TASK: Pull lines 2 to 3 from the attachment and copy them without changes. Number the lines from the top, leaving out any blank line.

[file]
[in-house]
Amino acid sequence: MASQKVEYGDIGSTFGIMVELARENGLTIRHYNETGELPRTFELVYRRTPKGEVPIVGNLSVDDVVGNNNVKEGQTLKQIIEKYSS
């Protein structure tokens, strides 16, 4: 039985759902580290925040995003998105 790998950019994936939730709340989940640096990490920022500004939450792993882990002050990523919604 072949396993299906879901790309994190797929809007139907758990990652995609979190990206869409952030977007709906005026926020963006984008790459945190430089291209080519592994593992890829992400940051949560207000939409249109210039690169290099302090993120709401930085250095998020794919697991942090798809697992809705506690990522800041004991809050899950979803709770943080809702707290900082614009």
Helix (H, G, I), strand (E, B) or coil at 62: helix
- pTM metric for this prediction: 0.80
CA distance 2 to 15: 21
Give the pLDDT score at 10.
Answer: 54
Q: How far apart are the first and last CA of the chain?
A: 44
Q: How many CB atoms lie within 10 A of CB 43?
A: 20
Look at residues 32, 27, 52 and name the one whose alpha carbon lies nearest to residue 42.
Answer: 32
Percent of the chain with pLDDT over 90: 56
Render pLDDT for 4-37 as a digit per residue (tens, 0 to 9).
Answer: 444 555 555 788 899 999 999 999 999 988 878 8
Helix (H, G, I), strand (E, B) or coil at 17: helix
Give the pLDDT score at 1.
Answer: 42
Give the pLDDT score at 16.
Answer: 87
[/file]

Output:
Amino acid sequence: MASQKVEYGDIGSTFGIMVELARENGLTIRHYNETGELPRTFELVYRRTPKGEVPIVGNLSVDDVVGNNNVKEGQTLKQIIEKYSS
């Protein structure tokens, strides 16, 4: 039985759902580290925040995003998105 790998950019994936939730709340989940640096990490920022500004939450792993882990002050990523919604 072949396993299906879901790309994190797929809007139907758990990652995609979190990206869409952030977007709906005026926020963006984008790459945190430089291209080519592994593992890829992400940051949560207000939409249109210039690169290099302090993120709401930085250095998020794919697991942090798809697992809705506690990522800041004991809050899950979803709770943080809702707290900082614009």